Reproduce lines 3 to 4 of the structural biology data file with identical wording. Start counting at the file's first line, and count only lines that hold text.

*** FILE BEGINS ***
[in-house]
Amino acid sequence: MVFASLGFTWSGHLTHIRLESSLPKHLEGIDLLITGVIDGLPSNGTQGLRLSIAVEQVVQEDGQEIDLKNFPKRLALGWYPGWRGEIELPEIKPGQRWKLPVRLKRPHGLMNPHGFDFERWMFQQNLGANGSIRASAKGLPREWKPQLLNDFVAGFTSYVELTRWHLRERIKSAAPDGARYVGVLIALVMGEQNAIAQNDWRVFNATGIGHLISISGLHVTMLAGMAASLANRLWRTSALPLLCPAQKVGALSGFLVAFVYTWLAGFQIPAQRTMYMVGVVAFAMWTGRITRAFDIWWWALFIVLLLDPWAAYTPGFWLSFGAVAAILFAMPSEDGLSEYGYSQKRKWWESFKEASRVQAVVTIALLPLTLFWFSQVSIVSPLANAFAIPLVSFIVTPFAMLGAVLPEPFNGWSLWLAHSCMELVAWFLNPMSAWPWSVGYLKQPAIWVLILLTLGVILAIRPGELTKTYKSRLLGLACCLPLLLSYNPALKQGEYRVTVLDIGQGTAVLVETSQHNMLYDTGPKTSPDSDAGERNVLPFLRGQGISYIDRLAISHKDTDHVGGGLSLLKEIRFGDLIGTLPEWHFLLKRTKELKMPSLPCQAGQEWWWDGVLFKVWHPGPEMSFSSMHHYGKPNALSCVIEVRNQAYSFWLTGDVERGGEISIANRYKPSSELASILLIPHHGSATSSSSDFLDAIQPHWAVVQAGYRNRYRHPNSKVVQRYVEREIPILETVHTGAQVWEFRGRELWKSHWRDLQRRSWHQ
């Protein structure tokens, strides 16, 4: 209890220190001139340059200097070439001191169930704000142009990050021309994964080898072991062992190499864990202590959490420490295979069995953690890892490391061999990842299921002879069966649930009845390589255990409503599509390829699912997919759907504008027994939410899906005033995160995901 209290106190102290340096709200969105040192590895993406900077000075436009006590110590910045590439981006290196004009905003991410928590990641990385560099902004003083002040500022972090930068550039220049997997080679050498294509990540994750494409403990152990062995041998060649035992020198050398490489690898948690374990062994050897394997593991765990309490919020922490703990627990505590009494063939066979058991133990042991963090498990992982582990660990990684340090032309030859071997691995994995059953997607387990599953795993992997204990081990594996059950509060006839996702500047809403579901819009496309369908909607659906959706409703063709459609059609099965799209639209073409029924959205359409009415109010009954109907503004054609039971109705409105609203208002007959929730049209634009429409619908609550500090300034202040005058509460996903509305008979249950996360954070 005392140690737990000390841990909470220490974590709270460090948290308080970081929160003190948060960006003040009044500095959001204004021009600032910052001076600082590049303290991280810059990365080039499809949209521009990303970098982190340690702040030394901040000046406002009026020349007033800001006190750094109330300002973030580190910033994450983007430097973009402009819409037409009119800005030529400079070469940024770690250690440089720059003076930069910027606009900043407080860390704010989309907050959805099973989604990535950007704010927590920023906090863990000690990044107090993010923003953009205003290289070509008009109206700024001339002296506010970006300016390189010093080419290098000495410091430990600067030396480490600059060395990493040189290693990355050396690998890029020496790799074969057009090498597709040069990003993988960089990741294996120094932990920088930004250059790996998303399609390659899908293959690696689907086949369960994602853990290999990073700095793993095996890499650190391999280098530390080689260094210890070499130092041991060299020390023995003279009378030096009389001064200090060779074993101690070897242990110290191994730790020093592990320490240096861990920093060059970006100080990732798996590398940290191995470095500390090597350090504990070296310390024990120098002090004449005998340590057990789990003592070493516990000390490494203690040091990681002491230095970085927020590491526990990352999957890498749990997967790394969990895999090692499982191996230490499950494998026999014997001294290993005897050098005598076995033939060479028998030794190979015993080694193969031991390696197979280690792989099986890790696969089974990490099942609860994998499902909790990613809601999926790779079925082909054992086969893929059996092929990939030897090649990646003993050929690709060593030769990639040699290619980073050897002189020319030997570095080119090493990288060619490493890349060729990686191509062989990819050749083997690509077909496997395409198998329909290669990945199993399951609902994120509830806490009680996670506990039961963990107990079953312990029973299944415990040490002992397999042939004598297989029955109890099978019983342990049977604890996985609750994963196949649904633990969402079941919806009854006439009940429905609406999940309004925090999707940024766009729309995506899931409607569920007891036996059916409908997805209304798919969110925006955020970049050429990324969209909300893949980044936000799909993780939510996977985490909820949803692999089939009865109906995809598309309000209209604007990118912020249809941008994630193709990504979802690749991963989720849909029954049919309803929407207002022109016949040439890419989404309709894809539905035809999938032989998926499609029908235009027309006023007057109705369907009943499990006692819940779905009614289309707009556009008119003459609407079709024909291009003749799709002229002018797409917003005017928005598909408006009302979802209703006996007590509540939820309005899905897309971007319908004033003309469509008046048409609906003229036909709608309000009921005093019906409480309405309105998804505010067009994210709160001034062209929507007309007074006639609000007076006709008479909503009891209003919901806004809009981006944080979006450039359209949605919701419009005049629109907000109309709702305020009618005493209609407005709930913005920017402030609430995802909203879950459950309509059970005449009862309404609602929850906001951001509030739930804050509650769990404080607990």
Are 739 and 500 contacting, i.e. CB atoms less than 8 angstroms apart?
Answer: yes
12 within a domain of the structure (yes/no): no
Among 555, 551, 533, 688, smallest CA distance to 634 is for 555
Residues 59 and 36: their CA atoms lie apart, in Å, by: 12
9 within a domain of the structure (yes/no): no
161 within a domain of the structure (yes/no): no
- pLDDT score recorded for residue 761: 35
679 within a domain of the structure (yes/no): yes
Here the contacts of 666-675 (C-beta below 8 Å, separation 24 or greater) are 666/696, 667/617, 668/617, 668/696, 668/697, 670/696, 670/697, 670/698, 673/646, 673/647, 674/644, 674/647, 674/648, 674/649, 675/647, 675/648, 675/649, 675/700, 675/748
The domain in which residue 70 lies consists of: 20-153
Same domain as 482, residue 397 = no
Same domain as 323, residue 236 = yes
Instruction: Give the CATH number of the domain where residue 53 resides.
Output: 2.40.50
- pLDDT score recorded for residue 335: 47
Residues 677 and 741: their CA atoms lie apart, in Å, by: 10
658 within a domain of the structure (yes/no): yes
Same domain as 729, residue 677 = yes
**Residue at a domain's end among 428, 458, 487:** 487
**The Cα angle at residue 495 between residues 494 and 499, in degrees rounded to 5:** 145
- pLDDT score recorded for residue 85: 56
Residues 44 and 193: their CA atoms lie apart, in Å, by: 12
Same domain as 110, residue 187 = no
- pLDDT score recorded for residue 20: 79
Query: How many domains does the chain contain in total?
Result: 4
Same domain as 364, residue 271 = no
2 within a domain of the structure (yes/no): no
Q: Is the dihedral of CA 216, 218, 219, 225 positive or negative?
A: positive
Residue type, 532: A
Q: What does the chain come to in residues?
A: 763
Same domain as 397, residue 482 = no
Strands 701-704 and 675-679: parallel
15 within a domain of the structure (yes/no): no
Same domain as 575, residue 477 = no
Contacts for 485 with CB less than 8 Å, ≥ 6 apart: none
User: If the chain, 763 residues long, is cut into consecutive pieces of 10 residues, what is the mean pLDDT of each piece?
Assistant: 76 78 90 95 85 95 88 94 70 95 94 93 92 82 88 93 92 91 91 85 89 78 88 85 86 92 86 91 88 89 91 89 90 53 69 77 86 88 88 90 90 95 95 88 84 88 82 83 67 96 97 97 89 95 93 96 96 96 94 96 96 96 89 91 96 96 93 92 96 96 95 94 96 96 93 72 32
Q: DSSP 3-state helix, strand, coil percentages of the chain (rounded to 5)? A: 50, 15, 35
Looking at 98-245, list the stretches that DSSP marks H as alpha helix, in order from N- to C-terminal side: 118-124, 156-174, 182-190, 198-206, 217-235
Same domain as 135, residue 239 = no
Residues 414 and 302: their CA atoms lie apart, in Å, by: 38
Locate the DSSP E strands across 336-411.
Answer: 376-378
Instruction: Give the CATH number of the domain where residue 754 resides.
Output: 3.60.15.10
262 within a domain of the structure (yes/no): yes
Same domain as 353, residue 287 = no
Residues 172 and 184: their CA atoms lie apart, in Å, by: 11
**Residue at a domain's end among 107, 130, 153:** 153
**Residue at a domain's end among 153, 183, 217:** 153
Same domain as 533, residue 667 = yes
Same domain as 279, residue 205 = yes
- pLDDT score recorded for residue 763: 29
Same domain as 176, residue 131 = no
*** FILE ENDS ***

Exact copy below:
């Protein structure tokens, strides 16, 4: 209890220190001139340059200097070439001191169930704000142009990050021309994964080898072991062992190499864990202590959490420490295979069995953690890892490391061999990842299921002879069966649930009845390589255990409503599509390829699912997919759907504008027994939410899906005033995160995901 209290106190102290340096709200969105040192590895993406900077000075436009006590110590910045590439981006290196004009905003991410928590990641990385560099902004003083002040500022972090930068550039220049997997080679050498294509990540994750494409403990152990062995041998060649035992020198050398490489690898948690374990062994050897394997593991765990309490919020922490703990627990505590009494063939066979058991133990042991963090498990992982582990660990990684340090032309030859071997691995994995059953997607387990599953795993992997204990081990594996059950509060006839996702500047809403579901819009496309369908909607659906959706409703063709459609059609099965799209639209073409029924959205359409009415109010009954109907503004054609039971109705409105609203208002007959929730049209634009429409619908609550500090300034202040005058509460996903509305008979249950996360954070 005392140690737990000390841990909470220490974590709270460090948290308080970081929160003190948060960006003040009044500095959001204004021009600032910052001076600082590049303290991280810059990365080039499809949209521009990303970098982190340690702040030394901040000046406002009026020349007033800001006190750094109330300002973030580190910033994450983007430097973009402009819409037409009119800005030529400079070469940024770690250690440089720059003076930069910027606009900043407080860390704010989309907050959805099973989604990535950007704010927590920023906090863990000690990044107090993010923003953009205003290289070509008009109206700024001339002296506010970006300016390189010093080419290098000495410091430990600067030396480490600059060395990493040189290693990355050396690998890029020496790799074969057009090498597709040069990003993988960089990741294996120094932990920088930004250059790996998303399609390659899908293959690696689907086949369960994602853990290999990073700095793993095996890499650190391999280098530390080689260094210890070499130092041991060299020390023995003279009378030096009389001064200090060779074993101690070897242990110290191994730790020093592990320490240096861990920093060059970006100080990732798996590398940290191995470095500390090597350090504990070296310390024990120098002090004449005998340590057990789990003592070493516990000390490494203690040091990681002491230095970085927020590491526990990352999957890498749990997967790394969990895999090692499982191996230490499950494998026999014997001294290993005897050098005598076995033939060479028998030794190979015993080694193969031991390696197979280690792989099986890790696969089974990490099942609860994998499902909790990613809601999926790779079925082909054992086969893929059996092929990939030897090649990646003993050929690709060593030769990639040699290619980073050897002189020319030997570095080119090493990288060619490493890349060729990686191509062989990819050749083997690509077909496997395409198998329909290669990945199993399951609902994120509830806490009680996670506990039961963990107990079953312990029973299944415990040490002992397999042939004598297989029955109890099978019983342990049977604890996985609750994963196949649904633990969402079941919806009854006439009940429905609406999940309004925090999707940024766009729309995506899931409607569920007891036996059916409908997805209304798919969110925006955020970049050429990324969209909300893949980044936000799909993780939510996977985490909820949803692999089939009865109906995809598309309000209209604007990118912020249809941008994630193709990504979802690749991963989720849909029954049919309803929407207002022109016949040439890419989404309709894809539905035809999938032989998926499609029908235009027309006023007057109705369907009943499990006692819940779905009614289309707009556009008119003459609407079709024909291009003749799709002229002018797409917003005017928005598909408006009302979802209703006996007590509540939820309005899905897309971007319908004033003309469509008046048409609906003229036909709608309000009921005093019906409480309405309105998804505010067009994210709160001034062209929507007309007074006639609000007076006709008479909503009891209003919901806004809009981006944080979006450039359209949605919701419009005049629109907000109309709702305020009618005493209609407005709930913005920017402030609430995802909203879950459950309509059970005449009862309404609602929850906001951001509030739930804050509650769990404080607990």
Are 739 and 500 contacting, i.e. CB atoms less than 8 angstroms apart?